Sometimes, I am a little envious of America

In Australia we do not observe Thanksgiving, primarily because the holiday celebrates the gathering of the Pilgrims and the Native Americans in the Autumn of 1621. And that’s not our country’s history.

Traditionally, we have a turkey at Christmastime. We gather together and eat and drink. But, as wrapping paper rains down over living rooms with plastic Christmas trees and tinny carols playing in the background, I cannot help but wish there was a little more to it. The purpose of Christmas, the religion behind it, to me feels lost in Australia. I still love Christmastime, I love the gatherings and celebrations, I love the lights and I LOVE all the champagne. And while I must admit that I know little more than the above about the history of the feast that is the fourth Thursday in November, a big part of me wishes we had something similar.

I think actual recognition of Thanksgiving began for me in 2009, when my parents were in Mississippi for the holiday. My Dad was recovering from vascular surgery, but that’s a story for another time or blog post. My Mum gushed about the enthusiasm for the nationwide gathering and I did feel jealous that I wasn’t part of it.

And maybe a small part of me also wants to go to the Macy’s Thanksgiving Day Parade. What? I grew up with a mother who loved Miracle on 34th Street, both the 1994 version and the 1947 version. That parade seemed magical to me as I’m sure it does, and is right now, to so many kids.

So tonight when I am home with The Designer, in our house which will not smell of turkey or pumpkin pie and which will not be filled with our family, I will raise my glass and think of those who are doing those things and hope that one day, I may be able to share in pumpkin pie, and for the meantime I will settle for loving my family sick over the Christmas break. Time to pop the champagne and break out the plastic tree.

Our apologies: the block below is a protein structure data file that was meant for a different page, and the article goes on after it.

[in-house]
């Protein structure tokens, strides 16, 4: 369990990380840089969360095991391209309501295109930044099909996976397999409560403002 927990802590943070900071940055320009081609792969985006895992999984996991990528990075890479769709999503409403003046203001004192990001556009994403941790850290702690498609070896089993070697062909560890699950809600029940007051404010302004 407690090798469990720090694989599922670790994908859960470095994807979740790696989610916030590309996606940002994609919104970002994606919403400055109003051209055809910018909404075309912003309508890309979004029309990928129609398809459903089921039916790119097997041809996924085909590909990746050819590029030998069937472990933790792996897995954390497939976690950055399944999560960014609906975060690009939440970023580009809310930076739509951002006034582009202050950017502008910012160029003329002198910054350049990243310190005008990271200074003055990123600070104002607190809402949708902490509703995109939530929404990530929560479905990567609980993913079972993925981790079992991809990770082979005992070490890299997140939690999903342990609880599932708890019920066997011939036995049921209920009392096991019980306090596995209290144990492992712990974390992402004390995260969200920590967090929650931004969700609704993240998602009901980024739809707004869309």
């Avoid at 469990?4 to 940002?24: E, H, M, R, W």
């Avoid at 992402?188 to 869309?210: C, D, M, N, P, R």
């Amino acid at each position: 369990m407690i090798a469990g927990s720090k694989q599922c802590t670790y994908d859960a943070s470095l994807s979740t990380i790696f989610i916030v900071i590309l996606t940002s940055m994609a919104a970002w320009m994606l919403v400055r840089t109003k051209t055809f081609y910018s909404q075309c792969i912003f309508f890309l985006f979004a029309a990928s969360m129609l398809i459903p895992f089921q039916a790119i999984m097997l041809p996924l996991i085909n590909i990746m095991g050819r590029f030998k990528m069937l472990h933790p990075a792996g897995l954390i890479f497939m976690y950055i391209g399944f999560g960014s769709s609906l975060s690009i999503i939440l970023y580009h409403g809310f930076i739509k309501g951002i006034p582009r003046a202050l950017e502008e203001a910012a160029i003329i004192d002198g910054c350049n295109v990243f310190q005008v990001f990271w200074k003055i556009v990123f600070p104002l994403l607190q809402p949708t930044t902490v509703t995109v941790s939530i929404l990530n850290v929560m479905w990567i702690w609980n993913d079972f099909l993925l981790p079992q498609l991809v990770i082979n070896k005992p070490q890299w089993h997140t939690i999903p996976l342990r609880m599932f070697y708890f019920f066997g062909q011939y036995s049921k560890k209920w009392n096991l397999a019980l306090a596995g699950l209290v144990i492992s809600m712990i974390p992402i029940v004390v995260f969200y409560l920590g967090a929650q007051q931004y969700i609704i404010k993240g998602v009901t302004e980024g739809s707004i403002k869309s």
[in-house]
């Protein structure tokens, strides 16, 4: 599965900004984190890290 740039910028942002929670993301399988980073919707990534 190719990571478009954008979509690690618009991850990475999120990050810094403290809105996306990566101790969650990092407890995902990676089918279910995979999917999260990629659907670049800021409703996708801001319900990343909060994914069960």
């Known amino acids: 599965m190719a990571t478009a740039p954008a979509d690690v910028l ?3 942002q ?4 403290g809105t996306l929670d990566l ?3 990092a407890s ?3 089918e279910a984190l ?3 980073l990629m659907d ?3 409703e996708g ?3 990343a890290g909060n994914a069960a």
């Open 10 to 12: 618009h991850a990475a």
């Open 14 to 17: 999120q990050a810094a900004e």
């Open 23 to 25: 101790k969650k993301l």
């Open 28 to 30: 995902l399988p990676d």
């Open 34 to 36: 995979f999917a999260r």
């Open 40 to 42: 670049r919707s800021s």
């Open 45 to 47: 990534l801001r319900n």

So, Happy Thanksgiving Day to friends accross The Pacific!

2 thoughts on “Sometimes, I am a little envious of America

  1. Growing up in America, I have always had Thanksgiving as a part of my life at the end of the year. My Dad’s birthday is November 28th, so sometimes the two dates coincide.

    From an American perspective, the holiday is much less about the Pilgrim-esque history, and much more about the thankfulness part. It’s a day when we reflect on everything we (humankind) have to be grateful for in life.

    And there is indeed a lot of emphasis on the cuisine. Our Christmastimes also include traditional meals which almost mirror the Thanksgiving meals, so in effect, we get to enjoy those meals twice per year, if we’re lucky. Sometimes less food emphasis is visited upon Christmastime, probably because of Thanksgiving.

    I am Thankful for a lot of things in life, and I was thinking: I am most definitely Thankful for Australia and Australians. Sometimes, some of us Yanks view you living Down Under as a sort of America but minus all the military and corporate machismo. One day, I will stroll down the streets of Sydney, Melbourne and Perth, go scuba-diving off the Great Barrier Reef and maybe even take a midnight flight across into Fiji. And most of all, I’d love to meet a few of my friends who live there. Until then, I’ll keep my US Passport in my back pocket and keep dreaming of a bigger and better life than I already have.

    Great post! Thanks for the perceptions.

    -Kendall Johnson, Jr.
    Brookhaven, Mississippi, USA

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